Some Creative Solutions to Soil Drainage Problems

Areas of poorly draining soil, particularly in gardens and around driveways and pathways, can mar the appearance of the landscape and create other problems as well. People tend to avoid these areas, both because they're unattractive and because they're difficult to move through—especially after a storm. But there are some creative solutions that not only address soil drainage problems but also transform the places in which they exist into appealing features of the landscape.

The first step is to observe the journey that water makes around your yard. Put on some mucking boots and a raincoat and meander around outside the next time it rains. Observe where all that water goes. Where does it channel out freely? Where does it collect? Watch also for signs of erosion in different places. Some telltale indications that water may be draining poorly in ways that you can't see include bare spots on your lawn or patches of plants that don't stand upright. Areas like these might be profitably turned into bog gardens for water-loving plants. Sometimes it makes more sense to take cues from nature.

Surface flowing water, however, can be easier to manage. With a little creativity and effort, you can assist its drainage in ways that make for appealing landscape features in their own right. Dry creeks, for example, can facilitate water flow during and immediately after a storm, and they also add visual interest to a garden area on sunny days. Dry creeks are particularly useful in regions that see regular, heavy rainfall. To make one, begin by shoveling out a canal about two feet wide and a foot deep. You'll want to gradually increase the depth at the bottom as you go to create a slope. Once you've dug a ditch, line it with landscape fabric. Then add gravel, leaving three or four inches at the top to fill with more decorative stones. The fabric will hinder the soil from working upwards into the stones. Placing larger rocks in random places along the edges will make this man-made feature appear more natural. Once you've completed your dry creek, test it by hosing it with water at the starting place and watching to see if it flows evenly to the end.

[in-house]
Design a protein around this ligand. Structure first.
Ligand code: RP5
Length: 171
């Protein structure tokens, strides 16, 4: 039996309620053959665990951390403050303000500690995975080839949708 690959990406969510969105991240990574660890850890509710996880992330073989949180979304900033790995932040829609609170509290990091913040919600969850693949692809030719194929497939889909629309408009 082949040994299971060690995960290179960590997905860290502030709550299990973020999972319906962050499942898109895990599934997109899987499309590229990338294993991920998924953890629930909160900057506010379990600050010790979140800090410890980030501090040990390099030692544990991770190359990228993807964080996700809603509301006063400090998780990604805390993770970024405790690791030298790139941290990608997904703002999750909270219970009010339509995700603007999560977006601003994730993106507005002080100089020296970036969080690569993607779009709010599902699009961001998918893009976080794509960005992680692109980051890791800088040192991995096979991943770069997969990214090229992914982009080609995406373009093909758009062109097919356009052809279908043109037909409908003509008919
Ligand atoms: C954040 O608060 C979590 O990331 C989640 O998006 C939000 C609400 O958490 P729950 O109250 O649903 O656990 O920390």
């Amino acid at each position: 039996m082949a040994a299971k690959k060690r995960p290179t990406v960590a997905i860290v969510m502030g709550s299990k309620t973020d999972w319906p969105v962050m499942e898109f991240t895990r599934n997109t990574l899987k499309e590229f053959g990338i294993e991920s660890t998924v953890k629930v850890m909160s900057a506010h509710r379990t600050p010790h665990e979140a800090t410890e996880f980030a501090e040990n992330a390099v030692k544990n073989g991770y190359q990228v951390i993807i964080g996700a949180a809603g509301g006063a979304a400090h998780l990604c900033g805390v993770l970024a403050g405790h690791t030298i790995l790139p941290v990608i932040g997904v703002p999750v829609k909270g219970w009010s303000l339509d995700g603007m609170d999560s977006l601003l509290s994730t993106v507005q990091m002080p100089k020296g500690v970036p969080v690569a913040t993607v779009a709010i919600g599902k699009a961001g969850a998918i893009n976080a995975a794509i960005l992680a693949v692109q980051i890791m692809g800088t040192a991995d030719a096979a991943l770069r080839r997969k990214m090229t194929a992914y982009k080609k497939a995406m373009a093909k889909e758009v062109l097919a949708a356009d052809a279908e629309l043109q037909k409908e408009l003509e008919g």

Using these tips can help you enjoy an eco-friendly garden and a great gardening hobby. You can feel good about growing your favorite vegetables and enjoying your favorite flowers — knowing that you have made a positive impact on the environment. For additional advice, contact a company that specialises in erosion and sediment control.